Further, supposed proof of the church’s power over vampyres (hence the reported power of the crucifix or holy cross to scare off vampires) dates, it would seem, to medieval England. A writer named William of Newburgh discussed the case of a man who died in the 12th century AD. Supposedly he rose from the dead to torment his wife and, after causing much consternation with the local villagers and clergy, the bishop of the region pardoned the corpse in writing for all his past sins. The grave was opened and the actual written pardon was placed over the body of the “vampyre”. The people were surprised, or perhaps not, to see the body was still in good condition without any sign of decay, surely this was proof of vampyrism? Fortunately for all, once the pardon was placed in the grave, the alleged “vampyre” visited no more.
The Church, in Europe during the Middle Ages, in coming to recognize the existence of vampyres had changed the tales from a pagan folk myth into a legendary creature of the Devil. The vampyre, thought clearly a thing of evil and a pagan myth, had its believability reinforced by existing Christian doctrines such as life after death, the resurrection of the body, and “transubstantiation”.
The latter was a concept based on the Last Supper and the dogma of Pope Innocent III in 1215 A.D., which held that the “bread and wine” and its equivalent during Christian Communion literally transubstantiated into the actual body and blood of Christ.
Quite naturally, people who adhered to this belief, and whom partook of the “blood of Christ”, would have little or no difficulty in believing the corruption of this — the drinking of blood by evil demons, namely, vampyres.
Dawning of the Age of Reason
The early 1700s saw the astonishing move by the Sorbonne University, in Paris, of formally opposing the common practice of mutilating corpses to prevent the deceased from becoming vampyres. The Sorbonne (which the renowned writer Voltaire had once been shocked to discover actually debated the legitimacy of the mythological vampire) finally took the radical position, for the time, that the mutilation of corpses suspected of vampyrism was a practice based on irrational superstitions.
The belief in vampires, however, did not go without intelligent criticism. Dom Augustine Calmet, born at M’nil-la-Horgne, France in 1672, was a French Benedictine and a professor of philosophy, Hebrew, theology and history. He was educated at the Benedictine priory of Breuil, and in 1688 joined the Abbey of St-Mansuy at Toul, where he began to gather material for his commentary of the Bible.
In 1704 he was sent to M’nster in Alsace as sub-prior and professor of exegesis. There he completed his book “Commentaire litt’ral sur tous les livres de l’Ancien et du Nouveau Testament”. The first of 23 quarto volumes appeared in Paris in 1707, while the last was published in 1716.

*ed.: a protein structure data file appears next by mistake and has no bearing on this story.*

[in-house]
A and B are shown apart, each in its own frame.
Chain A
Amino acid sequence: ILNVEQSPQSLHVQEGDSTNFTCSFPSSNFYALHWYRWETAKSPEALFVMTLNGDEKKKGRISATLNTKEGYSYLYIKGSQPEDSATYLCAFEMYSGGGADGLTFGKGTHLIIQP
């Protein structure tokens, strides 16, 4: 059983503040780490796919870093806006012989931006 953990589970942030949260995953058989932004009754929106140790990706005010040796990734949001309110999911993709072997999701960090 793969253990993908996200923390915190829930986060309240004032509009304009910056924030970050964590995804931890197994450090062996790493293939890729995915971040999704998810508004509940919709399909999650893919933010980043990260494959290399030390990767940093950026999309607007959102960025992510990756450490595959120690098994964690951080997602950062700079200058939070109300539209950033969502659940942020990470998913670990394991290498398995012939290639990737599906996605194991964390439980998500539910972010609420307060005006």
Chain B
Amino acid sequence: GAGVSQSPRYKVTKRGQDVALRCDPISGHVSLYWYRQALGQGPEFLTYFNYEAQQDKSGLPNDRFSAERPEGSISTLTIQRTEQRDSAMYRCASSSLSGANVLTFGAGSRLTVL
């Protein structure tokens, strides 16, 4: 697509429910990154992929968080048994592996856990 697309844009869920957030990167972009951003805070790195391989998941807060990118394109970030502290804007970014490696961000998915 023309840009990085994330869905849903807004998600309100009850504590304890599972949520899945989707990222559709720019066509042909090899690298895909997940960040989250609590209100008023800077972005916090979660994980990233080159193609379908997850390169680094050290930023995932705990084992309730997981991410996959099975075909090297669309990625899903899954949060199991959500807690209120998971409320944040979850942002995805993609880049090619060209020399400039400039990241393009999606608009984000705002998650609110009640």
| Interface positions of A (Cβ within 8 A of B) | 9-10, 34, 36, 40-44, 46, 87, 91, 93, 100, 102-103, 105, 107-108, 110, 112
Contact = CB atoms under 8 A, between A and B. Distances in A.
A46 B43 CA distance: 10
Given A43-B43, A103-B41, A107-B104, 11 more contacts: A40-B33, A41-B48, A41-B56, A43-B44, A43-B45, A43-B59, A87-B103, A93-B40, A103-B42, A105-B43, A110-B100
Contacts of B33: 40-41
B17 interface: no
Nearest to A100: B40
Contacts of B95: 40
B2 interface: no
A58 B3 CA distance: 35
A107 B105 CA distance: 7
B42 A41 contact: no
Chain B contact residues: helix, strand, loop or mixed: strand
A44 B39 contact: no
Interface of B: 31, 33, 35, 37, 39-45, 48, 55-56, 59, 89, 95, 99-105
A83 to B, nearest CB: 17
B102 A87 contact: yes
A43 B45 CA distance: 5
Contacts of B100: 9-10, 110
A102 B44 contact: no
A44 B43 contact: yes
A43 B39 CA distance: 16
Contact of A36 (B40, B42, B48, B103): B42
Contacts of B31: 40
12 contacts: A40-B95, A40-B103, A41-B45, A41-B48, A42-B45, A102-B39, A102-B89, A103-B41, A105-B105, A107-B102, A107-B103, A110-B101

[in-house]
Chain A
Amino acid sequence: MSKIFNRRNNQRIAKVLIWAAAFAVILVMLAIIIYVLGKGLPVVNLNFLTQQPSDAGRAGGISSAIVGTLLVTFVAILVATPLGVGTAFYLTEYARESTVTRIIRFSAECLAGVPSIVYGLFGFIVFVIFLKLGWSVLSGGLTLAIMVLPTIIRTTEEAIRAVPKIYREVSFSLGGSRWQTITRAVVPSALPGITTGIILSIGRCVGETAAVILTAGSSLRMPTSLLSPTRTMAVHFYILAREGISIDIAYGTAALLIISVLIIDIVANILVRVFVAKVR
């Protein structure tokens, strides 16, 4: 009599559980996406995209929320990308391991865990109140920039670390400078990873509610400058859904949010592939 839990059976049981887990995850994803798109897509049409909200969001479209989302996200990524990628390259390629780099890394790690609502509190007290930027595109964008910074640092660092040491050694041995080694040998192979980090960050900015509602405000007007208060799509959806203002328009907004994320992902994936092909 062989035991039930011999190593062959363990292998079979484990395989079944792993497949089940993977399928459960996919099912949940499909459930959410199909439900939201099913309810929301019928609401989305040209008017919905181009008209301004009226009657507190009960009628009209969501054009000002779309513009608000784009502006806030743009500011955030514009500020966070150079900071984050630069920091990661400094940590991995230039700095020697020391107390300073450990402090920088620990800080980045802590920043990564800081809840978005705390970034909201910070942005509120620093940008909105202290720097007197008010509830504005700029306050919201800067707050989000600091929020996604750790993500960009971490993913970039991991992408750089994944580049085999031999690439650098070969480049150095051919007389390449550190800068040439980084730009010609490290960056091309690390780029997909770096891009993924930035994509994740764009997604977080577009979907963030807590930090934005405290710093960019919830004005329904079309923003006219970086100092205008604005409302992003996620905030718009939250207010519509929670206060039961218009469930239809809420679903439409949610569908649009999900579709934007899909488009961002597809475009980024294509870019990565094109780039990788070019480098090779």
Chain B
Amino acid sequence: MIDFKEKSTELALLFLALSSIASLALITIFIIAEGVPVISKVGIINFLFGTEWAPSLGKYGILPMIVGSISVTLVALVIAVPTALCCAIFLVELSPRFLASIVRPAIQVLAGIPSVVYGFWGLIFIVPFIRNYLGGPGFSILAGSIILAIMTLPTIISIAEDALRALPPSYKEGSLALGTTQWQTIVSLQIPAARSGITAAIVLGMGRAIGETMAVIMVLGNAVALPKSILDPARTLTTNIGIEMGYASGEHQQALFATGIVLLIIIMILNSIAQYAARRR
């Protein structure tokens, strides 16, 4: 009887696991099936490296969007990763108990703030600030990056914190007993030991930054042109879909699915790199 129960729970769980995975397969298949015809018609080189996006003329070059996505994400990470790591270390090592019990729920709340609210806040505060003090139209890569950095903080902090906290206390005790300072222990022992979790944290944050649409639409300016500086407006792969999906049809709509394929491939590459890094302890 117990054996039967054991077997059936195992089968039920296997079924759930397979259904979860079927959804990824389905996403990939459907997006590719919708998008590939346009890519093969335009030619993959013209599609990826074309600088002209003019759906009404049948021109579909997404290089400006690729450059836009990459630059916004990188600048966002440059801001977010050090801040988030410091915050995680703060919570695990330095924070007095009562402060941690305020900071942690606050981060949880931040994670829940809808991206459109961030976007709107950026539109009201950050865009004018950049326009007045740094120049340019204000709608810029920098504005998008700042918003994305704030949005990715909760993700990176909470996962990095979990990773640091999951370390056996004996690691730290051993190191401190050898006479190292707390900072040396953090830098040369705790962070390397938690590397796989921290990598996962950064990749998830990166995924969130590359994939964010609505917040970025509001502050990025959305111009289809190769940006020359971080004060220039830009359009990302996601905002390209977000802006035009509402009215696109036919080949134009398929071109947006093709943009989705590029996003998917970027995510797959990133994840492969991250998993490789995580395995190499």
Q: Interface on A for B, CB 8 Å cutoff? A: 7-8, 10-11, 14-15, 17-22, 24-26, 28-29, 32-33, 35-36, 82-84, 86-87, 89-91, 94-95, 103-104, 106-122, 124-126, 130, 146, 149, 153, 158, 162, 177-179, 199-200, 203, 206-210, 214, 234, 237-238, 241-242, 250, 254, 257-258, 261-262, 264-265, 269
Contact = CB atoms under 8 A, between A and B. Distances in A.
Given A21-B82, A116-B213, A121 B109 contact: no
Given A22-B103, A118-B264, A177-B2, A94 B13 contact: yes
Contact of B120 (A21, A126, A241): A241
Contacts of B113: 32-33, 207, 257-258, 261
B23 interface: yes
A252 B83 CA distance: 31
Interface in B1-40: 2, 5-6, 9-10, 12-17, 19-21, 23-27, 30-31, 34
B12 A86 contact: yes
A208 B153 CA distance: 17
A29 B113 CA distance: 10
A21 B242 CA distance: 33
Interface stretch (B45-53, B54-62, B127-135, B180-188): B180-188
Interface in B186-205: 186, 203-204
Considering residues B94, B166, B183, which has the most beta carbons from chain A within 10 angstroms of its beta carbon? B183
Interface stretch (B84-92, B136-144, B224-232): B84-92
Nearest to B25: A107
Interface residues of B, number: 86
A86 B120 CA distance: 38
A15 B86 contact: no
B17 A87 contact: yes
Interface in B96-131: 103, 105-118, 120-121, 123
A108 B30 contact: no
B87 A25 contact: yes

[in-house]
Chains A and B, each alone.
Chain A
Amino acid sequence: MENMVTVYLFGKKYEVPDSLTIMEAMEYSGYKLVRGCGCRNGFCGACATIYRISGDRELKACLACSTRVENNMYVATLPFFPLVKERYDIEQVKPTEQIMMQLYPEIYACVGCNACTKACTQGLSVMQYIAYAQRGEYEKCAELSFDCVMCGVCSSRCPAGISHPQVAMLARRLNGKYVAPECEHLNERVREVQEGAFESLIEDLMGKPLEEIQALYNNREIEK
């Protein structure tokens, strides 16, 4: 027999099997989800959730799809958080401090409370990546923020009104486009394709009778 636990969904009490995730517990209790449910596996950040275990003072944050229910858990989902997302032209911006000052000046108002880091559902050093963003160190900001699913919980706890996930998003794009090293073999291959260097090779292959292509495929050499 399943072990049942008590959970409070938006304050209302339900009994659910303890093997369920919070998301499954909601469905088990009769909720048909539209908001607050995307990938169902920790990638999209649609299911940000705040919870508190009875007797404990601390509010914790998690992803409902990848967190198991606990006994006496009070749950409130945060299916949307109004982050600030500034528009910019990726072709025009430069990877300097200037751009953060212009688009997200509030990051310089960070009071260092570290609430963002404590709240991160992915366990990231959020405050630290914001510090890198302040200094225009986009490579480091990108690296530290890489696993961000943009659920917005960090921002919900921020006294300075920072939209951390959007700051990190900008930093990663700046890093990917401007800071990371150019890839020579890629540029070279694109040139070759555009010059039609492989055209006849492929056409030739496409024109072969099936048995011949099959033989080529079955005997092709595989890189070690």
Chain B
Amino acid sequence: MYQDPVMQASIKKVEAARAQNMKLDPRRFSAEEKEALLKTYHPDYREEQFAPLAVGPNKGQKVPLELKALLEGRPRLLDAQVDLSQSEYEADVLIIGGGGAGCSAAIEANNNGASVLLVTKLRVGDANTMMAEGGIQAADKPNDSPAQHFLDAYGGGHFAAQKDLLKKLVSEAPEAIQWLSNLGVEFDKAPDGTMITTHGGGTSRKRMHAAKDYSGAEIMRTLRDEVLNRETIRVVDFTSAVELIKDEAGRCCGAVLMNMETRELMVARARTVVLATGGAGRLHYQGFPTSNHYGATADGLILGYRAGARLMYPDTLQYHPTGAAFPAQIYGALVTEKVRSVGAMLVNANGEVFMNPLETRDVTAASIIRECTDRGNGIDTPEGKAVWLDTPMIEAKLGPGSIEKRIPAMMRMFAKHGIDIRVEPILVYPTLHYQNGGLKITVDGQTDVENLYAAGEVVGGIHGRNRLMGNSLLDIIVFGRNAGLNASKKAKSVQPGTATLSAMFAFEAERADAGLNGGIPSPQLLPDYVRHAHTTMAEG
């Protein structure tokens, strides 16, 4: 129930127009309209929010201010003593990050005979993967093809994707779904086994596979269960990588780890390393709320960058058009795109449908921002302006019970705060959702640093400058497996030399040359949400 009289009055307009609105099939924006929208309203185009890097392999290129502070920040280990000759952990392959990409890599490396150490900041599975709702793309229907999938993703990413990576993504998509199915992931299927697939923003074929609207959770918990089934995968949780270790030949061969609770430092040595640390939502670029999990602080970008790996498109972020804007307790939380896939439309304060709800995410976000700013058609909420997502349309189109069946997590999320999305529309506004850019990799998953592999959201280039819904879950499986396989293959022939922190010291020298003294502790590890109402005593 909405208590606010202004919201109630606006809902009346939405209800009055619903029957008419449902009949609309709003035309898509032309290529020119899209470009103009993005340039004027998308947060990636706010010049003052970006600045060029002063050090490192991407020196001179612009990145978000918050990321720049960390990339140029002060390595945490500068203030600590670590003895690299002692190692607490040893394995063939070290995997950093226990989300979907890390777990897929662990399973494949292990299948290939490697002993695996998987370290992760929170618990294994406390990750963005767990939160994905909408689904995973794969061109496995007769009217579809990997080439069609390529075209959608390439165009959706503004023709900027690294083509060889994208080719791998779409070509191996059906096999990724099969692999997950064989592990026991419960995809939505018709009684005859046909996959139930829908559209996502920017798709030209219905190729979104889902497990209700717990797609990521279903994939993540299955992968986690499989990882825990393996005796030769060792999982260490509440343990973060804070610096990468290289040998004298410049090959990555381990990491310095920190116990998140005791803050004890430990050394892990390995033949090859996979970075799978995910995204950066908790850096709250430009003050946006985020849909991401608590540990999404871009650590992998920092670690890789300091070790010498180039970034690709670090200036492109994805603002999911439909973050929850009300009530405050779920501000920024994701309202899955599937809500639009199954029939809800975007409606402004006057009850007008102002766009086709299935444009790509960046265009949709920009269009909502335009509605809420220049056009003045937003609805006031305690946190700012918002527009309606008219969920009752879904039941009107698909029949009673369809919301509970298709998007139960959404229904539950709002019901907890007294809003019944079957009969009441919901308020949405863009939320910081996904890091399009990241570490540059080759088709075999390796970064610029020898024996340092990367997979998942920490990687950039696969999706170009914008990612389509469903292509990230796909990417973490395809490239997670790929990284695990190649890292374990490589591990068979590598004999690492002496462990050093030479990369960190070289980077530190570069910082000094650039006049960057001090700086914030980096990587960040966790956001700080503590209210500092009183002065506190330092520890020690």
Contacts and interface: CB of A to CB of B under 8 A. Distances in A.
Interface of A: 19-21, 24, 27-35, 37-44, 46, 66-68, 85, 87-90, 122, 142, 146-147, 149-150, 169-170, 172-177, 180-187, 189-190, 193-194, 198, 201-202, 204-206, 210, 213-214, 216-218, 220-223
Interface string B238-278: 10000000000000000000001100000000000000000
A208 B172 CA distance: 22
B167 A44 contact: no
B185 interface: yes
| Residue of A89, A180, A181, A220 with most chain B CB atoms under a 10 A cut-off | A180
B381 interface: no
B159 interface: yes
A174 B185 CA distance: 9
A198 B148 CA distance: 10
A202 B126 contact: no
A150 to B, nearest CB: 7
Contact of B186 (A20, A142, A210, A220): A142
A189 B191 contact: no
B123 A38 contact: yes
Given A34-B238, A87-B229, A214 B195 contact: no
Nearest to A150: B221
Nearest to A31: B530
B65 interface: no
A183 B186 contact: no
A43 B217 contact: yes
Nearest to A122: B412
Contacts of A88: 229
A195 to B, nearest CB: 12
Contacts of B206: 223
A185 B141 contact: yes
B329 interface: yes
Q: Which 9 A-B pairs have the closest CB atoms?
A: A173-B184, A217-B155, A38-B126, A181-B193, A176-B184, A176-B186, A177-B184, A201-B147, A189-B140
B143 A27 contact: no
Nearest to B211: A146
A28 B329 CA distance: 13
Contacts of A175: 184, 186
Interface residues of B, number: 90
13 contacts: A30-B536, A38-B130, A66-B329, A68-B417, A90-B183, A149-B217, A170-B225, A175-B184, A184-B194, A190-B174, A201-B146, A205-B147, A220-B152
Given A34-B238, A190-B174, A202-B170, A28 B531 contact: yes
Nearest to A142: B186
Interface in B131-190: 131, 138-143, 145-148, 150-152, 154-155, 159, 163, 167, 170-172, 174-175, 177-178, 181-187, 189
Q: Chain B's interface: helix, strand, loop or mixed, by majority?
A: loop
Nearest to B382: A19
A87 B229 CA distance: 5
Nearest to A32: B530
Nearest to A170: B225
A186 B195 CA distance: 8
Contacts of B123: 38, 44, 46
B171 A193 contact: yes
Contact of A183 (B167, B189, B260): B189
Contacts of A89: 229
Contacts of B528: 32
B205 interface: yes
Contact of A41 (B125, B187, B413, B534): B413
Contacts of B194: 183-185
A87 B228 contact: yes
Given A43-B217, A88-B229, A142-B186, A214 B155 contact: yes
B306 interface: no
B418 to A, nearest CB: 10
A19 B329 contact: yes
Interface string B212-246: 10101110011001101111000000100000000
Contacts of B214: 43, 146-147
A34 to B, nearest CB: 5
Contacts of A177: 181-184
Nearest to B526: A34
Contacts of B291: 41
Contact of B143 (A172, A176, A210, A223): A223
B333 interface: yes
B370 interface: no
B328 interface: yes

Dom Calmet also wrote the celebrated “A Treatise on Apparitions, Spirits and Vampires” (a.k.a. The Phantom World). This 1746 publication dared challenge the rampant vampyre superstitions of the day and spoke of required proof before acceptance of a belief. He especially doubted, he wrote, that vampyres could perform superhuman tasks, such as rising from the dead. He also analyzed and critiqued the supposed vampire epidemics throughout Europe, questioning their basis in reality.
Calmet died on 25 Oct., 1757, at the abbey of Senones, near Saint-Di’ (near Paris).
The vampyric beliefs that such rational thinkers now challenged seemed based on the general ignorance of the population. The greater tragedy of the vampyre legends was that the actual ascendance of the belief of the vampyre myth might well have been aided and abetted through the deeds of organized religion.
Religion and the modern vampyre
William Schnoebelen, writing on the subject of vampyres and religion, states:
“Many people today, even Christians, balk at the idea of vampires walking the earth. They relegate them to the category of horror films; or else they ask how does the discussion of such a subject edify the Body of Christ?
“As one who is a former ‘vampire’, now set free by the power of the Cross of Christ, I have a certain vested interest in this issue which goes beyond the academic.”2
He goes on to make a very valid point in his essay, that of the idea of consuming the body and the blood of The Christ. He says:
“It is also important to note that while the vampire legend is nearly universal, it reached its most epidemic proportions in heavily Catholic (or Orthodox) eastern Europe. Most cultures have taboos against drinking blood. This can doubtless be traced back to the command the Lord gave Noah after the flood forbidding the drinking of blood (Gen. 9:4). It is ironic that both the Catholic and Orthodox religions feature as their central superstition the idea of drinking blood and eating flesh (under the sacramental appearance of wine and bread) against the specific commands of God. That these religions are dominant in cultures where vampirism (both in legend and in practice) runs deep is significant.”2
Schnoebelen proceeds to claim that he was led to “vampyrism” by members of the Orthodox clergy whom represented themselves to be the custodians of the ancient, and true, secret of resurrection… “drinking the blood of the living”.
He claims that their representations were verified by initiations in which he experienced things that ultimately produced a marked aversion to all food except for human blood, communion wafers and sacramental wine. He further claims to have gone on to develop a genuine addiction to fresh blood.